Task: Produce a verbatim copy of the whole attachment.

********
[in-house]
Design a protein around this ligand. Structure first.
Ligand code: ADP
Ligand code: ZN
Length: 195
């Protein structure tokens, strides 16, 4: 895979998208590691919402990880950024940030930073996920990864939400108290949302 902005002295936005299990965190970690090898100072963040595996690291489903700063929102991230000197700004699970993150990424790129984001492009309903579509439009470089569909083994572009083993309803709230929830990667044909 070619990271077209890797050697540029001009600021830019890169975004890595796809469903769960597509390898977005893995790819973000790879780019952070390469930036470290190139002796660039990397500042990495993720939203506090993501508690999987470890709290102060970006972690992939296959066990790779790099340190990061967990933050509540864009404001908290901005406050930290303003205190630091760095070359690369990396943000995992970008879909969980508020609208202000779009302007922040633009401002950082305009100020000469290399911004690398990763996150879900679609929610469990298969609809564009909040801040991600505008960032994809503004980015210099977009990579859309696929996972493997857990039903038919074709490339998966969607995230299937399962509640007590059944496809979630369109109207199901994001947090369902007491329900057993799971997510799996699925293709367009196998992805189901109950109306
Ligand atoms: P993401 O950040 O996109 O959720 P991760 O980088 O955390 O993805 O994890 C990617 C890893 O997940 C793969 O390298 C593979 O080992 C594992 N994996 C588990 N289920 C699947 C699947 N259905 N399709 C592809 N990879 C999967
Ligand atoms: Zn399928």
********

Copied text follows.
[in-house]
Design a protein around this ligand. Structure first.
Ligand code: ADP
Ligand code: ZN
Length: 195
């Protein structure tokens, strides 16, 4: 895979998208590691919402990880950024940030930073996920990864939400108290949302 902005002295936005299990965190970690090898100072963040595996690291489903700063929102991230000197700004699970993150990424790129984001492009309903579509439009470089569909083994572009083993309803709230929830990667044909 070619990271077209890797050697540029001009600021830019890169975004890595796809469903769960597509390898977005893995790819973000790879780019952070390469930036470290190139002796660039990397500042990495993720939203506090993501508690999987470890709290102060970006972690992939296959066990790779790099340190990061967990933050509540864009404001908290901005406050930290303003205190630091760095070359690369990396943000995992970008879909969980508020609208202000779009302007922040633009401002950082305009100020000469290399911004690398990763996150879900679609929610469990298969609809564009909040801040991600505008960032994809503004980015210099977009990579859309696929996972493997857990039903038919074709490339998966969607995230299937399962509640007590059944496809979630369109109207199901994001947090369902007491329900057993799971997510799996699925293709367009196998992805189901109950109306
Ligand atoms: P993401 O950040 O996109 O959720 P991760 O980088 O955390 O993805 O994890 C990617 C890893 O997940 C793969 O390298 C593979 O080992 C594992 N994996 C588990 N289920 C699947 C699947 N259905 N399709 C592809 N990879 C999967
Ligand atoms: Zn399928």